Poverty and poor ‘social health’ drive up gun homicides by 27%, study finds

Although politicians still regularly blame gun violence on mental illness, that theory is largely rejected by public health authorities, and a new study breaks down the ‘social determinants of health’ that raise or reduce risks for homicides.  

Just as diseases vary from one population to the next, gun violence is more common in some areas and groups than in others, meaning the factors that shape our lives also shape the risks of a shooting. 

Researchers at Northeastern University found that wealth gaps, distrust of institutions, poverty and how much a government spends on the good of a neighborhood are all linked to its gun violence rates. 

Working out if these associations are in fact causes for gun violence could help to stem the gun violence ‘epidemic’ and its diminishing effect on the average American lifespan. 

Homicides involving guns are the second leading cause of death for young people in the US. A new breakdown reveals that poverty increases the odds of fatal shootings by up to 27%

Already in 2019, there have been more mass shootings than days in the year. 

And, in fact, mass shootings account for only a small fraction of the number of deaths caused by gun violence in the US each year. 

Public health officials and enforcement authorities alike have combat the more than 33,000 annual deaths from gun violence in the US. 

For one, a 1996 law effectively put a moratorium on federal funding for research into gun violence – although that freeze is expected to be lifted after 20 years, if the 2020 spending bill is passed in its current form. 

Instead, American lawmakers have implemented legislative attempts to address gun violence, but some exerts feel that, after the necessary compromises to get these bills passed are made, they’re rendered toothless. 

Last year, the American College of Physicians – among the leading organizations of US doctors, nurses and health workers – penned their stance on gun violence, urging gun control. 

In response, the National Rifle Association (NRA) tweeted that members of the medical community should ‘stay in the their lane.’ 

But it’s ER trauma surgeons who treat and attempt to save the lives of gun shot victims and public health officials at the Centers for Disease Control and Prevention (CDC) who track the deaths caused by firearms.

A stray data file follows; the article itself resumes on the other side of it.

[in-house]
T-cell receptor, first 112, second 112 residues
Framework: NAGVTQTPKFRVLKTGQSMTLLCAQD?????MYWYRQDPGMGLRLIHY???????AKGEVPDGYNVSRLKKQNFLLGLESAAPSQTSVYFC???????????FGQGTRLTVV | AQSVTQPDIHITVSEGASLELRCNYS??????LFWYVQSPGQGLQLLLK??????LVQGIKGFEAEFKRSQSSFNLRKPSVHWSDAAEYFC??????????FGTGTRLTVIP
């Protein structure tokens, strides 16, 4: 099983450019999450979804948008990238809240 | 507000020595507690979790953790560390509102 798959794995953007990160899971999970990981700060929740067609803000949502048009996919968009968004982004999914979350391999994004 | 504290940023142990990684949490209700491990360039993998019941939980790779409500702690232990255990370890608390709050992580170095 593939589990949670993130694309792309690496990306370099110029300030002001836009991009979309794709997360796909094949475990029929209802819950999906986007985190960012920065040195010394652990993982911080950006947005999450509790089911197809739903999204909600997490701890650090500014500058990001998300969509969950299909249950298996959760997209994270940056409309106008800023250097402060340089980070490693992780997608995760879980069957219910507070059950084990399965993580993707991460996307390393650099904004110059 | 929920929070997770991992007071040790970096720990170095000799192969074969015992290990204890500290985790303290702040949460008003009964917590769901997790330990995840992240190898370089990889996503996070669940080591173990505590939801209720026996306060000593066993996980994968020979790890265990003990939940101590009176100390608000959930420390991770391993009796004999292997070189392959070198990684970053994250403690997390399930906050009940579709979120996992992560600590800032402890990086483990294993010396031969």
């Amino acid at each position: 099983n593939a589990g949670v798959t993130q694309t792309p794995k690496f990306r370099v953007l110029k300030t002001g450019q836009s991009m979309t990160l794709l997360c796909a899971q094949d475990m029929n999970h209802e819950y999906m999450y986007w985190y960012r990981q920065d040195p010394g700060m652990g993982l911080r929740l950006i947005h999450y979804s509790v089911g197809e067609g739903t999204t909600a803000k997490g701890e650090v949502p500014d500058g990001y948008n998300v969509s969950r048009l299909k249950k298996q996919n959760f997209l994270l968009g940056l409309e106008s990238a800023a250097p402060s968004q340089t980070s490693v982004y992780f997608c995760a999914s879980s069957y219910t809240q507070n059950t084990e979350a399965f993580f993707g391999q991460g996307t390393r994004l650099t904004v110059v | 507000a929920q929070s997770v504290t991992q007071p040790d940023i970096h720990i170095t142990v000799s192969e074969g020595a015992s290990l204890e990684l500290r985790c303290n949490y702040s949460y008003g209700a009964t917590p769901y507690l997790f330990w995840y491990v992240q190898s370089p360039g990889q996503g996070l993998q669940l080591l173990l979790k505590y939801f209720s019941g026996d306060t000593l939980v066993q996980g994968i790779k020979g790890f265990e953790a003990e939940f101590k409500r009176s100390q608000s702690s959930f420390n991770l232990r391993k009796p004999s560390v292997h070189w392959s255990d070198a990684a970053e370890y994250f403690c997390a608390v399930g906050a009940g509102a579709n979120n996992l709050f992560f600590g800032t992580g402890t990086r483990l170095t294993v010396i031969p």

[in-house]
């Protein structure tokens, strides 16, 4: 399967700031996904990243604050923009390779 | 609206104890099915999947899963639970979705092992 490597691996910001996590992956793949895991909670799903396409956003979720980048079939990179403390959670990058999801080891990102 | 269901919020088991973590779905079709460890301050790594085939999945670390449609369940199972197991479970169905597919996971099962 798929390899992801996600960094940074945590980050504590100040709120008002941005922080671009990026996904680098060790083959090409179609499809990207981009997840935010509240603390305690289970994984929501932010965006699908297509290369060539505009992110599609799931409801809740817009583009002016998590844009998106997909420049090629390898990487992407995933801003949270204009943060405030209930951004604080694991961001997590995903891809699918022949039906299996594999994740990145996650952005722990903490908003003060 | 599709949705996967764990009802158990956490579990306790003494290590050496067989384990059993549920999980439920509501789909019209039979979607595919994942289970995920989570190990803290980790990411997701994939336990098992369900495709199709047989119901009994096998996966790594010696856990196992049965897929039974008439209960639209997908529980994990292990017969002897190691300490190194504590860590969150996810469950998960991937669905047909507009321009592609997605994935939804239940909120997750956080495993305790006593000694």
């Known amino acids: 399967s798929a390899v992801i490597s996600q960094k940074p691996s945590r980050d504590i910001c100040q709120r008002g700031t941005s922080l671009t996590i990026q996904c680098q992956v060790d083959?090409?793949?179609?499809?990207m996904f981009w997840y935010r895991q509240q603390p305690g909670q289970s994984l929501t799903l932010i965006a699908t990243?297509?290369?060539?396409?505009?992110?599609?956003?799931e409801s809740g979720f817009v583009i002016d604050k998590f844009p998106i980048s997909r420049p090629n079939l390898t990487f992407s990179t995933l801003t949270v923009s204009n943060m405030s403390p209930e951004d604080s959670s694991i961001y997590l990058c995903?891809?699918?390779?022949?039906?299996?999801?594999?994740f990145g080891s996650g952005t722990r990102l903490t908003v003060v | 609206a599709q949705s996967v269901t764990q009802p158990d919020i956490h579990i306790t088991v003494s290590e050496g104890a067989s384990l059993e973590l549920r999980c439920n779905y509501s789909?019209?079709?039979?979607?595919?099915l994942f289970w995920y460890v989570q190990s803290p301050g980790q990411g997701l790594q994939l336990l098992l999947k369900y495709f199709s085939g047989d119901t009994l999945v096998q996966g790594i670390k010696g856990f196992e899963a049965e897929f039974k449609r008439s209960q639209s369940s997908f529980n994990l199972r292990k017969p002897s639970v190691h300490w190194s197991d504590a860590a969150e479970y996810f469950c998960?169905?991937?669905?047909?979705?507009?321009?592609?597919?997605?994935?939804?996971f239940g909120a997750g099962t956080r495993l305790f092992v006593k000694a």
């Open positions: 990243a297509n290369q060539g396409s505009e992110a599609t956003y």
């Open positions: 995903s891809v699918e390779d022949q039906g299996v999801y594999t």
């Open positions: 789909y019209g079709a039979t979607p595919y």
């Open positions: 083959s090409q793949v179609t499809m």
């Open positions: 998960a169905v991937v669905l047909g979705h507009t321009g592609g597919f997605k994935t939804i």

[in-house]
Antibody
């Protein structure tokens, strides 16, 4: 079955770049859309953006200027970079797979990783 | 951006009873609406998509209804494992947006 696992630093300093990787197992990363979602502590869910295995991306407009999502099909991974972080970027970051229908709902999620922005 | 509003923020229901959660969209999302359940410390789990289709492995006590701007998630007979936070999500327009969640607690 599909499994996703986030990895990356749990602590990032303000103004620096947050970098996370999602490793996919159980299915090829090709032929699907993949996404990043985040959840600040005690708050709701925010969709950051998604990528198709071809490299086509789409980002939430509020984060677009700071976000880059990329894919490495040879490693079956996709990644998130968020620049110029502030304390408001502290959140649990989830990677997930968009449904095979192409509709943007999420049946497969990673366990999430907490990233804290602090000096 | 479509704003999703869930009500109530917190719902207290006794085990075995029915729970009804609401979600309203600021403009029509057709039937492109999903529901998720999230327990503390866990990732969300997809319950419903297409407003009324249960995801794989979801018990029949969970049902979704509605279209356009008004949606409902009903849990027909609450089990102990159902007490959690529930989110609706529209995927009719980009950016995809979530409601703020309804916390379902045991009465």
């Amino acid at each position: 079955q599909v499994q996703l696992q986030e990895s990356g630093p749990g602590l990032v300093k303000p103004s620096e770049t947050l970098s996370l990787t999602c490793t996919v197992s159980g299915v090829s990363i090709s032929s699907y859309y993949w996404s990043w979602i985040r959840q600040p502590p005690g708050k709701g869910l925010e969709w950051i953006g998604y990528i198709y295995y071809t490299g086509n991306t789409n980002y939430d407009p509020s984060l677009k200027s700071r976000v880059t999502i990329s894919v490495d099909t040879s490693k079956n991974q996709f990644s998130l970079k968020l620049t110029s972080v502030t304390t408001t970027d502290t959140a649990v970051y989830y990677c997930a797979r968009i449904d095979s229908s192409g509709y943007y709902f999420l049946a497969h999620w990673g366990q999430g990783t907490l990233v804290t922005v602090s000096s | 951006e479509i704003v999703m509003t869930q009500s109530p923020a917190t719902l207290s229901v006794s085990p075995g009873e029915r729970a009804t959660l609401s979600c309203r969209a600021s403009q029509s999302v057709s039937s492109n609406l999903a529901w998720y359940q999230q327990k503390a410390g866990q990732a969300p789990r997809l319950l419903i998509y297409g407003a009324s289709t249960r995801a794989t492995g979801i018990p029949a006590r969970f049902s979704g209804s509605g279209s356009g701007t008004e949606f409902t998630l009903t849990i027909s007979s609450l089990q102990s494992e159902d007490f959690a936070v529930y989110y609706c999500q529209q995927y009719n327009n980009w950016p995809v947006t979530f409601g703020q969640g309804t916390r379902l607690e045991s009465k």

Homicide, incidentally, is the second leading cause of death for Americans between the ages of 15 and 24 and the number one cause of death for black men in that age bracket. Three quarters of those deaths involve guns. 

While there may not be a biological form to gun violence, it does have a social morphology. 

To paint a clearer picture of the social risk factors that influence gun deaths, the Northeastern University team analyzed data on gun homicides from 2015 in neighborhoods across the US, including 13,060 deaths. 

They found that in counties where there was general trust in society and institutions, gun homicides were 19 percent less common. 

If people had social mobility – meaning that both individuals and generations could, over time, progress in terms of social and economic status – 25 percent fewer people were killed by guns. 

On the other hand, in neighborhoods with a high density of men living alone, gun deaths were 12 percent more common. 

And most telling of all, rates of firearm-involved homicides were 26 to 27 percent higher in neighborhoods with high proportions of people living in poverty, they found.  

‘Using a social determinants of health lens, the findings from my study suggest that gun homicides have root social causes including our levels of trust in institutions and our ability to climb the economic ladder,’ lead study author Dr Daniel Kim told DailyMail.com via email.

‘These root causes can be modified through policies.

‘In America, gun control laws have been difficulty to change for political reasons and this social determinants of health approach could offer additional strategies to policymakers.’ 

Read more at DailyMail.co.uk